Exercise of the Month – Wild Thing

wild thingExercise: Wild Thing

Sanskrit Name: Camatkarasana


  • Opens the chest, lungs, and shoulder area.
  • It opens the hip flexors and the front of the leg
  • it builds strength in the upper body such as shoulders and back
  • it helps improve circulation of blood to the organs
  • This pose can be effective in helping deal with fatigue
  • This pose may also be effective in helping mild depression


Shortening: triceps brachii, gluteus maximus, deltoid

lengthening: roator cuff muscles, rectus abdominis, iliopsoas, pectoralis major

Stabilizing: quadriceps, biceps brachii, hamstrings


1. From Down Dog come into push-up position.  Torso and legs in a line, arms straight, hands a little forward of your

2. Bring your feet together, and turn your torso sideways, coming onto the right hand and the outer edge of the right foot. This pose is the same as the setup for Vasishtasna.

3. Place your left (free) hand on your hip, and step the left foot to the ground behind the right leg, shin upright re side to side—the knee can be somewhat extended and the ankle needn’t be directly under the foot. 

4. Twist the front of your body towards the sky, and reach overhead with your left hand.

5. This is a relatively modern pose  unencumbered by “traditional” prescriptions. The english translation of the name, Wild Thing, suggests playfulness. So play with the foot and arm placement, as well as with the entry and exit.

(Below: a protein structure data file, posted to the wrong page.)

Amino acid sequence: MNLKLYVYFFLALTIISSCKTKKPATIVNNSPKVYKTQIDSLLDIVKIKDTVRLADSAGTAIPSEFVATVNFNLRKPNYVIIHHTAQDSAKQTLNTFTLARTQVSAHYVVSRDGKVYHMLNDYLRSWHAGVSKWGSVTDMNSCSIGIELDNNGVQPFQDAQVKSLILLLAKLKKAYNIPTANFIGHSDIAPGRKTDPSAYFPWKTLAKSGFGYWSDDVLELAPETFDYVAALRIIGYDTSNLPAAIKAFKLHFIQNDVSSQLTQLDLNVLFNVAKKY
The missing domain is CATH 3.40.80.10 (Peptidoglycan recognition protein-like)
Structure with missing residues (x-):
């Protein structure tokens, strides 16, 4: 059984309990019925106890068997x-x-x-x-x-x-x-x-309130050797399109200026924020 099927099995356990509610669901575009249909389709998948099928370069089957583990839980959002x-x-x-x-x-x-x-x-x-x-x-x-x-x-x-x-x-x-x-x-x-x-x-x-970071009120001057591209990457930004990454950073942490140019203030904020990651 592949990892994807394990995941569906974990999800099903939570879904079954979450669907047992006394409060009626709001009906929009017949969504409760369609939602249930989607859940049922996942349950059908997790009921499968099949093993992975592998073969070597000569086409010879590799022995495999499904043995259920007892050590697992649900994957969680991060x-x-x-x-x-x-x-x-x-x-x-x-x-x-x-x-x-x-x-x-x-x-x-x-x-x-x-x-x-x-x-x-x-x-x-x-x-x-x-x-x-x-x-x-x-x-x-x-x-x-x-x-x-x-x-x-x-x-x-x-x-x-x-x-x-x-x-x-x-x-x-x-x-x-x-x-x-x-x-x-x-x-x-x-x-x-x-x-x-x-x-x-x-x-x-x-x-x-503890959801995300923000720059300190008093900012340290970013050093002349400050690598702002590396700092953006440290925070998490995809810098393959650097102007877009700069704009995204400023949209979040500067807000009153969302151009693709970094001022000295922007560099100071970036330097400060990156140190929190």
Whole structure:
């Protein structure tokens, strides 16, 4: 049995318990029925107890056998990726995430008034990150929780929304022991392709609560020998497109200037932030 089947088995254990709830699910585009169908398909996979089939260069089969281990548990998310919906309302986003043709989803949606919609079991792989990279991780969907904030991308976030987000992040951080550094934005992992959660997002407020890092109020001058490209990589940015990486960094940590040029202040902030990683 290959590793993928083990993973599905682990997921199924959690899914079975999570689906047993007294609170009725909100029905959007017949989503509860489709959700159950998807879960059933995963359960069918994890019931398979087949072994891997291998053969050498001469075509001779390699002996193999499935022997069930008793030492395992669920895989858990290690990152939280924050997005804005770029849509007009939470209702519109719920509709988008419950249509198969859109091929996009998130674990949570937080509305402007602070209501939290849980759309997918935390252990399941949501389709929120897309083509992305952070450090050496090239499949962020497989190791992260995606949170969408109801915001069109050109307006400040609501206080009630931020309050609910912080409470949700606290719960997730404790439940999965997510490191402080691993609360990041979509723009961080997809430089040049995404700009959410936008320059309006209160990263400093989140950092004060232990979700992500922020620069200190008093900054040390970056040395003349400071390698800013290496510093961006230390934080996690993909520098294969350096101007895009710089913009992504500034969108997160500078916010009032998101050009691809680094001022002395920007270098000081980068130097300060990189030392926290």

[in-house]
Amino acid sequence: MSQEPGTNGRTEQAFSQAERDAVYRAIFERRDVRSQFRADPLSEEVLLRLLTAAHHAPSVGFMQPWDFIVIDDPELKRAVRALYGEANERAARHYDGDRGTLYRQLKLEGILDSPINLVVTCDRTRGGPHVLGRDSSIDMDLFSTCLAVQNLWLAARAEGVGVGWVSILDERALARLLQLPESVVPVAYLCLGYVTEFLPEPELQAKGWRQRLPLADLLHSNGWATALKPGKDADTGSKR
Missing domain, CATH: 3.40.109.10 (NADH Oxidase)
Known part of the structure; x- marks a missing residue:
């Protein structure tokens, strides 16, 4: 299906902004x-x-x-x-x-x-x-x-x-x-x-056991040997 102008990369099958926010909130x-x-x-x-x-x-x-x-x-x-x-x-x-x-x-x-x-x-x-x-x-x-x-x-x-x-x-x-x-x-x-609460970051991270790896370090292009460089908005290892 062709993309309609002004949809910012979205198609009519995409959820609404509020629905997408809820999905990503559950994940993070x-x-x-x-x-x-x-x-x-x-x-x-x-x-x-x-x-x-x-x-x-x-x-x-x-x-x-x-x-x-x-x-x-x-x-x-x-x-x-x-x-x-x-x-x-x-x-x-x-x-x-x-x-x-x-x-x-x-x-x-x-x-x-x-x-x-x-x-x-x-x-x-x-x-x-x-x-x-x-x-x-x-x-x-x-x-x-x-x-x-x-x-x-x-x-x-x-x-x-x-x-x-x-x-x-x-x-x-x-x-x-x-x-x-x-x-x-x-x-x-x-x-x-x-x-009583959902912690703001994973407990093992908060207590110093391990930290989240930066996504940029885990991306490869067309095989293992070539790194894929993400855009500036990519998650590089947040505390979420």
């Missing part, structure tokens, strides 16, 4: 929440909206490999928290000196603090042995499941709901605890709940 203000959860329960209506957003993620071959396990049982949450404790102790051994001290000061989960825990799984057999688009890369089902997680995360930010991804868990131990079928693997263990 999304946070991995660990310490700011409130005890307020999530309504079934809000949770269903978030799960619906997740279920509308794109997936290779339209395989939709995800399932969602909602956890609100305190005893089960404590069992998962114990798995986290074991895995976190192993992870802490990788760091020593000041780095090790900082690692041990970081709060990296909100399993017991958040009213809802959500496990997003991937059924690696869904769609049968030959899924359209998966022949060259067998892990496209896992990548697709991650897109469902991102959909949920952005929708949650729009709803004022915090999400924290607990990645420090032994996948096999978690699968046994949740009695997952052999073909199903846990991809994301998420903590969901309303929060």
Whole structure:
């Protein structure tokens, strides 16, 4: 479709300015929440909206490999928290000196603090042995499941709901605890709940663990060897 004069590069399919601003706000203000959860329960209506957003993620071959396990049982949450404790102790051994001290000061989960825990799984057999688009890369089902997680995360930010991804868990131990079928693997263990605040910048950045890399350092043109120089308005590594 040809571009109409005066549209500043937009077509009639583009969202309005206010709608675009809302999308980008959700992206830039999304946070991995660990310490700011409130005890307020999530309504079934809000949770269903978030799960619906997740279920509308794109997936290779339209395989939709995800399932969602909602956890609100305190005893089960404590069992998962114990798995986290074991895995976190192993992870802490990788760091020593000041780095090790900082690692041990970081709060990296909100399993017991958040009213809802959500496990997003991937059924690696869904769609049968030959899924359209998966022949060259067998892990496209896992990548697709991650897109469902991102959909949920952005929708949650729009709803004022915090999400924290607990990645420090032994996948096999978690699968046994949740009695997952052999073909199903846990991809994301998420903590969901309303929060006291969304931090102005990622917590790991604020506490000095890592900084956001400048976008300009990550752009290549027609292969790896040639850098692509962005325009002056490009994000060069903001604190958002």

6. For those of you who are more flexible you might want to try transitioning from this pose directly into Urdhva Dhanurasana [link]. Note the fingers point towards the feet in Urdhva Dhanurasana, but point away from the feet in this pose. And whereas Urdhva Dhanurasana moves towards a more pronounced arch, this asana can have a broader feeling of extension..

Common Problems: 

  • Must have good core strength, practice side planks and 3 legged dog
  • Make sure you are fully warmed up before attempting pose


  • caution for any one with rotator cuff issues or injuries
  • caution for any back issues
  • caution for any wrist problems such as carpal tunnel


About Katherine Smyth

Katherine Smyth, is a registered Acupuncturist with the CTCMA, personal trainer, yoga teacher, and counselor and owner of Squamish Mountain Medicine. Squamish Mountain Medicine is an alternative medicine clinic helping people live pain free without the use of prescription drugs. Squamish Mountain Medicine provides natural health options to people of all ages, with a specialty in pain, injuries, stress, depression & anxiety, headaches, digestive issues, women’s health, fertility and pregnancy care. Kat is a proud part of the integrative team of practitioners at Reach Physiotherapy Clinic in Squamish, British Columbia. To book an appointment or for more info go to www.squamishmountainmedicine.com

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